[Cryptography] Ad hoc "exceptional access" discussion at Crypto'15 ?
peter at m-o-o-t.org
Tue Jul 14 02:43:25 EDT 2015
On 14/07/15 02:14, Henry Baker wrote:
> FYI -- This is the sort of thing that needs to be discussed:
> (Not that Stewart Baker -- no relation -- would ever be swayed by the Keys Under Doormats arguments.)
> But the Keys Under Doormats authors have to do a MUCH better job to convince the general public.
Hell, they wouldn't have convinced me.
Paper was a load of rubbish and waffle. It didn't even define
"exceptional access" in a meaningful way.
Result of a committee approach, I suspect.
There are at least five valid arguments against "exceptional access".
 First: holes for "good guys" are holes for "bad guys" too.
Incidentally, this includes things like default and maintenance
passwords, alarm codes, safe combinations, and so on, not just
"Good guys" and "bad guys" are in quotations here, as they are used in
ways which do not fit our convention - good guys defend access to
information, bad guys try to obtain it.
 Second: the costs pro and ante are wildly disproportionate - it would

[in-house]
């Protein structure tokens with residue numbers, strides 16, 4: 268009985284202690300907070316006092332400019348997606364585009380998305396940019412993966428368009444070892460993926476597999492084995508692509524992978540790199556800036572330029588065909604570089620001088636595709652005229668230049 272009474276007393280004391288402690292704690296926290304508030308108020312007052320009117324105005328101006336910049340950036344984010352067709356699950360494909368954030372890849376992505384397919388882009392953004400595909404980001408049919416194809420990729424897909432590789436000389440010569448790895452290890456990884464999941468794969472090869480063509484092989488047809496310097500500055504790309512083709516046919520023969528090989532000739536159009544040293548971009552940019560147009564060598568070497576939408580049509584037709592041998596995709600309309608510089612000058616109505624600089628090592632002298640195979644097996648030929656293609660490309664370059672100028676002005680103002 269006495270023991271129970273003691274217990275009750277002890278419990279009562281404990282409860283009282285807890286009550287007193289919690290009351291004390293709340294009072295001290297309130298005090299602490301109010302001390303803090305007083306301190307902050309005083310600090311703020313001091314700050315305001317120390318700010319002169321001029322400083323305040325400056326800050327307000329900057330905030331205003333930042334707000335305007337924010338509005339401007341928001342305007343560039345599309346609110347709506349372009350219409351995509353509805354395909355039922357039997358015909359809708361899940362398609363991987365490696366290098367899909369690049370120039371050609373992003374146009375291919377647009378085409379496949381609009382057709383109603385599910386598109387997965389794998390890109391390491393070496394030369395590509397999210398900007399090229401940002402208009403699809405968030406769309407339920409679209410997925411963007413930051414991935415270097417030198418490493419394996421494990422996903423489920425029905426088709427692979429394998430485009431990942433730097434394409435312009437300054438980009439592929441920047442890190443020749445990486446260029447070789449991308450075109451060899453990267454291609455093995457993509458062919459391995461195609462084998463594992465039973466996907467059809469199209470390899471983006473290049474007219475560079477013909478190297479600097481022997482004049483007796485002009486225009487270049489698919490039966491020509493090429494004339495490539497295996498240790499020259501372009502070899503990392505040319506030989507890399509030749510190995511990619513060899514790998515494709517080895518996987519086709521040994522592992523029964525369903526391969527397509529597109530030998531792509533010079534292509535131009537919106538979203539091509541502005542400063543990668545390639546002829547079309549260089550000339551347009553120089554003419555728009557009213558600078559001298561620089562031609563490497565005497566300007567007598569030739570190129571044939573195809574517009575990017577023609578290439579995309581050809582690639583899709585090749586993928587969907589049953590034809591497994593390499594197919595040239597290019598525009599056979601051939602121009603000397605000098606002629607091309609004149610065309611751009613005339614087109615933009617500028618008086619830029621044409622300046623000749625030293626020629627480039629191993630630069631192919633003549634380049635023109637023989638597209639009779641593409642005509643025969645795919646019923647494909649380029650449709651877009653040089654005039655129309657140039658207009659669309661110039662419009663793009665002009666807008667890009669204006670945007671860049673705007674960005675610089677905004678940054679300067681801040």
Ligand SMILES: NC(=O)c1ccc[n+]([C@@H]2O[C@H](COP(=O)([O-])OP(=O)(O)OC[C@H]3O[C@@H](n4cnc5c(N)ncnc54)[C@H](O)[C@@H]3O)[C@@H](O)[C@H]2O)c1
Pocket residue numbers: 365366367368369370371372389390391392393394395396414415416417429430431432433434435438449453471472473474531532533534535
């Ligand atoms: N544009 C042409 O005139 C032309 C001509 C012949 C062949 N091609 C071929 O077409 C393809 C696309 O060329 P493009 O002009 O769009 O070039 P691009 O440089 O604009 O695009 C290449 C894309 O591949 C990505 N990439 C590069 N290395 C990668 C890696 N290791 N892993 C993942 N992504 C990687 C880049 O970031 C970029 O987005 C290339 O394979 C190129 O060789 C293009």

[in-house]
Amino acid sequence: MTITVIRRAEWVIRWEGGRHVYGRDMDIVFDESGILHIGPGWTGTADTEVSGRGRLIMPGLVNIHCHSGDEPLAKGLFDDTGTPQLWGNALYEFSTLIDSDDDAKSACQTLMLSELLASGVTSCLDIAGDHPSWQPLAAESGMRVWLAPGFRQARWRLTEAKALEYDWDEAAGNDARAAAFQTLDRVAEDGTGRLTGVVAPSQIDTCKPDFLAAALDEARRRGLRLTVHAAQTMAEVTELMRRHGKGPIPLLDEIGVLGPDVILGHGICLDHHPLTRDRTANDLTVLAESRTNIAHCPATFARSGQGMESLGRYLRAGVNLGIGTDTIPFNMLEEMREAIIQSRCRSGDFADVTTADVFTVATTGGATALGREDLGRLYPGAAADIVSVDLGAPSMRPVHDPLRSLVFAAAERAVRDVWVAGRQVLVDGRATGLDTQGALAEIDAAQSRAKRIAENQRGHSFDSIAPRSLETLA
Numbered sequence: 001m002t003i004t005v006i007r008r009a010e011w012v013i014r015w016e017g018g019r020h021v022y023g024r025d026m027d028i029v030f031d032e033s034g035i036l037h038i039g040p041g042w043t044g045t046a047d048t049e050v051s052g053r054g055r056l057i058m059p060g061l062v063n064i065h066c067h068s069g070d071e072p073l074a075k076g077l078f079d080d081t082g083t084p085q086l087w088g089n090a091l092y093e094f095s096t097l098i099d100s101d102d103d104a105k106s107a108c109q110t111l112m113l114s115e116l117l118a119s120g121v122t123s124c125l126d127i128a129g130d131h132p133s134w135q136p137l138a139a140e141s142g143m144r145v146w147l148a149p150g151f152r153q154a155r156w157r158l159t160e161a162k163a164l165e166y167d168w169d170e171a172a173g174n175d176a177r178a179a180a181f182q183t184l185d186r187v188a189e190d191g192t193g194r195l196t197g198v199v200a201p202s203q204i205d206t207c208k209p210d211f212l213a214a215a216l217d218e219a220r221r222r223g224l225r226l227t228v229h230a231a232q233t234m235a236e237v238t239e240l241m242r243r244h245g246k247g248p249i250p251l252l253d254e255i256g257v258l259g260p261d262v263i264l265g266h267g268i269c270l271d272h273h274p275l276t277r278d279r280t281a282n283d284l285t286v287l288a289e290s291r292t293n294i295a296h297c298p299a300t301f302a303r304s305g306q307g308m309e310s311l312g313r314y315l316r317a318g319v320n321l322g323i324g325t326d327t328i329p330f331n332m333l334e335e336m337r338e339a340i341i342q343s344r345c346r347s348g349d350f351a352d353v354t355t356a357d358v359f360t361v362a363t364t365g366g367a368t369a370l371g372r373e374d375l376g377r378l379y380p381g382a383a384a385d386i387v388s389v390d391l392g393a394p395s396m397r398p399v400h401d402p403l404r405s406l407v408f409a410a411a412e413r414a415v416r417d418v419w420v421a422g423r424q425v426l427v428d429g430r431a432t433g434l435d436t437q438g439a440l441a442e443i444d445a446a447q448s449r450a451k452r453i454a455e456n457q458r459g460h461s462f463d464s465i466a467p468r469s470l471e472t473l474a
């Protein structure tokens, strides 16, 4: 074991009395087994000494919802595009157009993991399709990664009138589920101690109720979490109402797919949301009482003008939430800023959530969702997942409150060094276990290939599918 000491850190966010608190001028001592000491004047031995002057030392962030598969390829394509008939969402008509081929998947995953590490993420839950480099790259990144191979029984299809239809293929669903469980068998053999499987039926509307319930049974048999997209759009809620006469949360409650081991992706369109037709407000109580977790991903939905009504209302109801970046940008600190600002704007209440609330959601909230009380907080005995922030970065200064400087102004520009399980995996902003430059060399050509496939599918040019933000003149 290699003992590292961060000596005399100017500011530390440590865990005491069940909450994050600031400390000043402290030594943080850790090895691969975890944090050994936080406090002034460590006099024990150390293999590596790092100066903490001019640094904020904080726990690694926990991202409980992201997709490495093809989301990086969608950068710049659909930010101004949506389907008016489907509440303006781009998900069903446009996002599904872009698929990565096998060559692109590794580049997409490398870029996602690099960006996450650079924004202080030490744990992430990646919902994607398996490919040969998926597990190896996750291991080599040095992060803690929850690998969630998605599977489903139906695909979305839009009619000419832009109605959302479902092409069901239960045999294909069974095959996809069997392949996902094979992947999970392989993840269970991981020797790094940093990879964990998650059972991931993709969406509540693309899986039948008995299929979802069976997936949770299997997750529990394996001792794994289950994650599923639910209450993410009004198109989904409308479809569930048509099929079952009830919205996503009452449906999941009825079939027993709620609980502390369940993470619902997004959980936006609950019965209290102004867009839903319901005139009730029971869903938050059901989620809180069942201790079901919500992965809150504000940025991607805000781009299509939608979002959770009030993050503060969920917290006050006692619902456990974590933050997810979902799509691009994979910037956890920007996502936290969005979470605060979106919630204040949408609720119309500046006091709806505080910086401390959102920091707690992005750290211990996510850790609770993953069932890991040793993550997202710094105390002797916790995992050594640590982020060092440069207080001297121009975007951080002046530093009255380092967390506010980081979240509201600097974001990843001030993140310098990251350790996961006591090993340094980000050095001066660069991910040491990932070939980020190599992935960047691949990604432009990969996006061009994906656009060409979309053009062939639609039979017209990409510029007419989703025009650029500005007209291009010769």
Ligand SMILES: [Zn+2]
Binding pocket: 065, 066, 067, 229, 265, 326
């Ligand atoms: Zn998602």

cost a lot more than it would be worth. Think of internet banking ..
 Third: why should people trust those who are authorised, as they work
in secret and are, by the unavoidable nature of that secrecy,
unaccountable to the people?
 Fourth: making it impossible for terrorists to communicate securely
is an impossible pipedream. They can. "Exceptional access" will not stop
them from doing it.
You can make it harder, but they will learn how to get around any
difficulties quickly; and the cost of making it harder is not worth paying.
 Fifth, one especially for leftpondians but still universally
applicable: "exceptional access" is searching the papers of innocent
people - whether or not anyone actually looks at them.
If you don't like the last bit of that sentence, then consider - The
people are less secure in their persons, houses, papers and effects if
an "exceptional access" backdoor exists.
More, "exceptional access" violates that right to privacy and peaceful
enjoyment without probable cause - most of the people affected will be
-- Peter Fairbrother
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